“In Panama, something very different and very special has emerged. We decided that democracy cannot be imposed like a decal that you put on a shirt, run the iron over it and the figure sticks. That is what they want to do, and the U.S.’s error is to want to impose its ‘made in U.S.A.’ democracy on the Latin American countries.

General Omar Torrijos and his companions-in-arms pro­duced a new force, the Defense Forces, in which soldiers don’t compete with civilians, but are colleagues to the civil, government administrators. The officer does not sit idle in the barks, nor spend his time analyzing the Napoleonic war, nor why Hitler lost at Stalingrad. He analyzes a war, today’s war against hunger, misery, and illiteracy. Our de­fense force is prepared to wage community and social strug­gles.”

Q: “Overseas, you are called Panama’s ‘strong man.’ Do you consider yourself the strong man? “


“Here in Panama, the only strong people are the women. Here the women rule. Here there is a matriarchy. We are afraid of the women. We respect them. But aside from this, the concept of a strong man was used to describe the military governments the United States historically im­posed when it had a system of imposing military dictatorships on Latin America. And now, to cleanse itself in a basin of holy water, it begins to criticize everything military and to try to elevate so-called democracy to the image and likeness of its own system, with its vices, with its drugs, with its treasons, with its men, with its ‘lran-gates,’ with its psychological warfare. That is ‘democracy.’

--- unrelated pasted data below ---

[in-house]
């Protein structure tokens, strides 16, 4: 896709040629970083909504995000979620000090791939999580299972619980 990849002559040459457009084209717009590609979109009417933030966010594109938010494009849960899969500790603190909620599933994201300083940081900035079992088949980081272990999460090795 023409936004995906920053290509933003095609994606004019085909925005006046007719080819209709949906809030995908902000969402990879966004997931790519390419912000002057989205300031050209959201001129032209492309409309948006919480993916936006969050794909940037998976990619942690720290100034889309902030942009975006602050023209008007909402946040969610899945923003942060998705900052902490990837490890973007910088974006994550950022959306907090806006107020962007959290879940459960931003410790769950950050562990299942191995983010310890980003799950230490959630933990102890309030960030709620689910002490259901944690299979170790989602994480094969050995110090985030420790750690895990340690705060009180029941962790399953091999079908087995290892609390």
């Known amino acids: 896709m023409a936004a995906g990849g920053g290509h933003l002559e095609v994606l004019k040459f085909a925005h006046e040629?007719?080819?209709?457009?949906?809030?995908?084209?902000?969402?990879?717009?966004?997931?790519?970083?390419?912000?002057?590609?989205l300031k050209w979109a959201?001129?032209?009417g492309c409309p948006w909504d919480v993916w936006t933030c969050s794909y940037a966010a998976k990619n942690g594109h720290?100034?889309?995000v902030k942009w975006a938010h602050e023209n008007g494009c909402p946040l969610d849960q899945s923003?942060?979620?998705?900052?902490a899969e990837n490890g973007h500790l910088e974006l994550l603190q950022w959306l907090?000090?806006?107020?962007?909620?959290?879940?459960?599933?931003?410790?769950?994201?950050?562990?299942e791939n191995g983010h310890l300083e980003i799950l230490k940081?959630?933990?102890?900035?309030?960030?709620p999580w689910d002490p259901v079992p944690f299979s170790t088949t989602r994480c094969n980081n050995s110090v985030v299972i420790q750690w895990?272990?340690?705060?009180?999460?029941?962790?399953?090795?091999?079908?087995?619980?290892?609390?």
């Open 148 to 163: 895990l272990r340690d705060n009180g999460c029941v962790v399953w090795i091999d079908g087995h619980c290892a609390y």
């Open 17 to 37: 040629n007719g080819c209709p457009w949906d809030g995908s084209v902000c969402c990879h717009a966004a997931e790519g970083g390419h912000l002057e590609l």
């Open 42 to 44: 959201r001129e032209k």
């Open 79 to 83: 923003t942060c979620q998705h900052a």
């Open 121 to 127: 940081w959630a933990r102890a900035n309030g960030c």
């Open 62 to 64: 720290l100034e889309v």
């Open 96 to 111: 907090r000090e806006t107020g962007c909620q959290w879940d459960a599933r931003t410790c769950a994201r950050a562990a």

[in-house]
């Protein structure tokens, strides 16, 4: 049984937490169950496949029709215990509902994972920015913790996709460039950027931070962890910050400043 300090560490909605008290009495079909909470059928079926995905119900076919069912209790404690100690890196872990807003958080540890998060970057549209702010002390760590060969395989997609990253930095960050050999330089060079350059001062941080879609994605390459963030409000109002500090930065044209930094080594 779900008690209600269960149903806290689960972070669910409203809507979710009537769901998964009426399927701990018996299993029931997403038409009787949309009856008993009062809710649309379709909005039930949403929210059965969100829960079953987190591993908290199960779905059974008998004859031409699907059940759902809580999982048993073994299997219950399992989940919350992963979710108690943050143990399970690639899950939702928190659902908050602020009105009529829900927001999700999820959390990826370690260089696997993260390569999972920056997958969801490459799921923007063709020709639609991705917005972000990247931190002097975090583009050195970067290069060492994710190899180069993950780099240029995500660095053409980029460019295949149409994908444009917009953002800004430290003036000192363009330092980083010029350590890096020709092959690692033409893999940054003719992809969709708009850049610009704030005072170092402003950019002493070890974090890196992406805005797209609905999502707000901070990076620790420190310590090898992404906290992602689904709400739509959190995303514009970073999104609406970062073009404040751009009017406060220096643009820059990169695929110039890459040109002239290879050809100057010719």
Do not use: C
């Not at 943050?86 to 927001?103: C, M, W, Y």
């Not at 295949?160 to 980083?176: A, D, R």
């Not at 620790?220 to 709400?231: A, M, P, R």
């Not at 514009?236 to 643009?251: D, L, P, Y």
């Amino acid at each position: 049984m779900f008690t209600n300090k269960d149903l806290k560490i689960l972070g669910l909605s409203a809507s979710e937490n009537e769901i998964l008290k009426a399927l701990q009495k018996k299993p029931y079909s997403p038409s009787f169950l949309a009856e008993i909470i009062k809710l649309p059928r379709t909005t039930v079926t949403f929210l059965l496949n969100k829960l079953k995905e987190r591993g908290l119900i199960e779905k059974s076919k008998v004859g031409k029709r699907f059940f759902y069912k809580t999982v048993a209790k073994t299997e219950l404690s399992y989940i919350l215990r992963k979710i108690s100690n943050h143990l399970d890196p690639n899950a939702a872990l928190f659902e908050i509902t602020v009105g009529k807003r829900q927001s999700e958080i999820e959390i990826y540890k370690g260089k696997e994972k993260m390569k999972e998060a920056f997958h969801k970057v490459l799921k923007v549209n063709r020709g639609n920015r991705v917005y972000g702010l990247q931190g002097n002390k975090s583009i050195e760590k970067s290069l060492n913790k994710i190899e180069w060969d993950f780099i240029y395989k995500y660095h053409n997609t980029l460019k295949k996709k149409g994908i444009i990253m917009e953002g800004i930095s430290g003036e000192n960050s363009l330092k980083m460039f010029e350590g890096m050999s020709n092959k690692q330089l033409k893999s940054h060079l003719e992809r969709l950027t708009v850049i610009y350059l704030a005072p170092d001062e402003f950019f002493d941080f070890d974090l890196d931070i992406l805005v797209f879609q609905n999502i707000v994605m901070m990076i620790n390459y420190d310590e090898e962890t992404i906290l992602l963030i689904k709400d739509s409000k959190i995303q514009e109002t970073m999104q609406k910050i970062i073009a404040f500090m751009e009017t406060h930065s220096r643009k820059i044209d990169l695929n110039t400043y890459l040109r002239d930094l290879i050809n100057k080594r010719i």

Thus, the term ‘strong man’ is a thing of the past. Strongman is military morality, the morality of friendship, the morality of nationalist, patriotic consci­ence, the concept of not falling on one’s knees, nor bending one’s backbone.

We can accept the idea that the Defense Forces- not Noriega- are the strong men, because they won’t crawl; the Panamanian people are the strong men, because their spines are not hinged. In that way, we accept the term.

Q: “General, you are being tried in the United States. Even if you could be acquitted, would you want that?”


“Panamanian dignity affirms that the U.S. courts, especially in this case, made this indictment as part of an aggression against the man they felt was an obsta­cle. After 18 years of collaboration with the U.S. in a battle against drugs which has brought medals, letters, resolutions, applause, photographs, certificates… they come with this stupidity, and throw it against a patriot, against a leader, against an armed forces to subjugate them. And today they are finding out they don’t have a leg to stand on. There is no reason for me to go anywhere outside my country to respond. I am waiting here for Elliott Abrams, to arrest him.

I believe that Panama is one of the leading nations of Contadora. Panama has made a moral, material and ideolog­ical investment, and is paying the price for being in that peace-making organization.

When U.S.National Security Adviser John Poindexter came here, what he demanded was: Get out of Contadora; tone down your statements. You and Mexico are setting a bad example and you are preventing us from invading Nicaragua.”

General Manuel Noriega —